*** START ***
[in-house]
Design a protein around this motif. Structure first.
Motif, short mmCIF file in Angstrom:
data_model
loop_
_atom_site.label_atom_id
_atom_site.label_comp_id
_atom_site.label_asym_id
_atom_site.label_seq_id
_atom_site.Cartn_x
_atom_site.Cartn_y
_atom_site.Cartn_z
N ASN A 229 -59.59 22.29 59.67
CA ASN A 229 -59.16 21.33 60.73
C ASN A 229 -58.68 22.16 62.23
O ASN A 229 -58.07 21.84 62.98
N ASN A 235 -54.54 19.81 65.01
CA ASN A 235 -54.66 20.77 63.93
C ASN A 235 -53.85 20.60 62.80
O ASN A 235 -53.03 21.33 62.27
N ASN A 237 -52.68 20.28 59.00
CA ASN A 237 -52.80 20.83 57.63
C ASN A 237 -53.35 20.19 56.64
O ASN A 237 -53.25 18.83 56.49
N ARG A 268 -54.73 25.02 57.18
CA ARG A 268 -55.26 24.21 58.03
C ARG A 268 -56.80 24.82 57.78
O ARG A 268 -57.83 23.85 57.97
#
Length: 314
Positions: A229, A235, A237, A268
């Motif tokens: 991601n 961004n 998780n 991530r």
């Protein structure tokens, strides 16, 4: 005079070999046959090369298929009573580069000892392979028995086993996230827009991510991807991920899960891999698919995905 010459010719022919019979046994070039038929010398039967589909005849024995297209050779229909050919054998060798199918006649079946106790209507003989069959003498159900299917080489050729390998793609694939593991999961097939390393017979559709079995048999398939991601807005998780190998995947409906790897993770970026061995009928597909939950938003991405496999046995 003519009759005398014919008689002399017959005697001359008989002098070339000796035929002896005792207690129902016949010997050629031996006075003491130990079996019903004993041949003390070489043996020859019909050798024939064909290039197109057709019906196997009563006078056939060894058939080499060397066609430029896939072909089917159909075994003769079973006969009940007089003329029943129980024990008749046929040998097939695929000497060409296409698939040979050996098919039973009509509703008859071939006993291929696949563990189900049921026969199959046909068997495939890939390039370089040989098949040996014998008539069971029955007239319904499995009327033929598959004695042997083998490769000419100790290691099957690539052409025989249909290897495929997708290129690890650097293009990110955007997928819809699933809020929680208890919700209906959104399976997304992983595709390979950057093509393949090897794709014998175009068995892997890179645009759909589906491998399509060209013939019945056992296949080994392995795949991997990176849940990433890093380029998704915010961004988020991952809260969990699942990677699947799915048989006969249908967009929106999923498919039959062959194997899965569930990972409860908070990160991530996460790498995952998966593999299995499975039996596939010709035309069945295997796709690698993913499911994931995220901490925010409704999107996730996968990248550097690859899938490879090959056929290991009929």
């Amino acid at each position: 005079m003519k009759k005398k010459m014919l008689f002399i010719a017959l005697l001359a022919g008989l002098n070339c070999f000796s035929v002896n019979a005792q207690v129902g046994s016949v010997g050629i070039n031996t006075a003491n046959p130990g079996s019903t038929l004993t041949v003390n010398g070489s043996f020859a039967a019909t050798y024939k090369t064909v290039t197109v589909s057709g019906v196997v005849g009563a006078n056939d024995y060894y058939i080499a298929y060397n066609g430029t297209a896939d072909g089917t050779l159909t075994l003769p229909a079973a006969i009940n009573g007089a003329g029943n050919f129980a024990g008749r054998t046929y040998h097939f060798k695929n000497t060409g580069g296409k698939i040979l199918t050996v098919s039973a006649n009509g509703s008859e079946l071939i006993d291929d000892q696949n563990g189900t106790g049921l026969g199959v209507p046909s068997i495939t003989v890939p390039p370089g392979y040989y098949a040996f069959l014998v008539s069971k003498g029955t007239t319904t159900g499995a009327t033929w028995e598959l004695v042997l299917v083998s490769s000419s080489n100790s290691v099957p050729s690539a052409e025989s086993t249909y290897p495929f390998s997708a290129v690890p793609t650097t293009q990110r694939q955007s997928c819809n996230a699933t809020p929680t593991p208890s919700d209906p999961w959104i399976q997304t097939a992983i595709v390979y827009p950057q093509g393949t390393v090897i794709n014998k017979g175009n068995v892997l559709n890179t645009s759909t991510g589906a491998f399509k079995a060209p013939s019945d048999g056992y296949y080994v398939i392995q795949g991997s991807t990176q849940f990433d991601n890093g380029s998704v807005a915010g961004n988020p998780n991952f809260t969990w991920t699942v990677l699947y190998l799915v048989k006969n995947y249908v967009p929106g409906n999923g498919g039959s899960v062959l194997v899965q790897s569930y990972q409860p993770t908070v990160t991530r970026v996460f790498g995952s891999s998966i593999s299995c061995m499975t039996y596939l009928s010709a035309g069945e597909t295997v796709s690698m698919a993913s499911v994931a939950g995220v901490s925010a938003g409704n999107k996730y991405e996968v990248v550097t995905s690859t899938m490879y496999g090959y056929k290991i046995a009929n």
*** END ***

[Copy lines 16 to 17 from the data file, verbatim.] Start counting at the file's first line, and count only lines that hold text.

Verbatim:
O ASN A 229 -58.07 21.84 62.98
N ASN A 235 -54.54 19.81 65.01